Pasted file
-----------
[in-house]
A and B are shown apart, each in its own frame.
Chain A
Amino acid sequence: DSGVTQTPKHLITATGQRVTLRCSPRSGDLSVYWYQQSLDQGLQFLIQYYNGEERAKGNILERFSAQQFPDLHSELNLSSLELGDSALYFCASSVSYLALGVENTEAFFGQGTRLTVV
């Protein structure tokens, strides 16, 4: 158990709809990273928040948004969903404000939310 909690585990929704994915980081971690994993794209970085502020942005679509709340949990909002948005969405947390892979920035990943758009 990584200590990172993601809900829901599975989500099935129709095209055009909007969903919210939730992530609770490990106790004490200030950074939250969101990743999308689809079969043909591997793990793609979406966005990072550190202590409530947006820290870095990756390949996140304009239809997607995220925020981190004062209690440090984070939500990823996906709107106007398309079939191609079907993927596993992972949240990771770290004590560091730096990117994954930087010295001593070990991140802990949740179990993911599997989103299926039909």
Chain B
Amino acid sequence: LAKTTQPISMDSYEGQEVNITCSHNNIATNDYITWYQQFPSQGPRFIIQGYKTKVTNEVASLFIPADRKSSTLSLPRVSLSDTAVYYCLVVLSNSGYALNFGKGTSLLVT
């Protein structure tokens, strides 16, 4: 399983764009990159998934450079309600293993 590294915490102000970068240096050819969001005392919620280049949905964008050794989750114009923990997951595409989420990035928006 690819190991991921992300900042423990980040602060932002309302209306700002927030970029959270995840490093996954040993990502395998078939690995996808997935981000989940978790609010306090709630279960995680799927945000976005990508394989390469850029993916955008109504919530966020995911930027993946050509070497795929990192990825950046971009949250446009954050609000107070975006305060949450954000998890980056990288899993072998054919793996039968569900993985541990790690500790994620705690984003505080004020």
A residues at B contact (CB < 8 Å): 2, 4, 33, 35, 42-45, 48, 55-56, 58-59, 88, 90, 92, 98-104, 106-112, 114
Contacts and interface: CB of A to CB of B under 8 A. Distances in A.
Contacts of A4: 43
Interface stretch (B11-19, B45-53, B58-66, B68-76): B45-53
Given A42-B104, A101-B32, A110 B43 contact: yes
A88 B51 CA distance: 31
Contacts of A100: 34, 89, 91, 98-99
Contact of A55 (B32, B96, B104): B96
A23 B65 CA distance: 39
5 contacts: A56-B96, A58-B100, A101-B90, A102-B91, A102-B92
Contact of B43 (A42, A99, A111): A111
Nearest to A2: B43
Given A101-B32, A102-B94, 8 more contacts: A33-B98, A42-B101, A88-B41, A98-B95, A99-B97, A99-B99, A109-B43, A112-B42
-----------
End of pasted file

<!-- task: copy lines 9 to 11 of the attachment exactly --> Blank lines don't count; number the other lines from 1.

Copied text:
A residues at B contact (CB < 8 Å): 2, 4, 33, 35, 42-45, 48, 55-56, 58-59, 88, 90, 92, 98-104, 106-112, 114
Contacts and interface: CB of A to CB of B under 8 A. Distances in A.
Contacts of A4: 43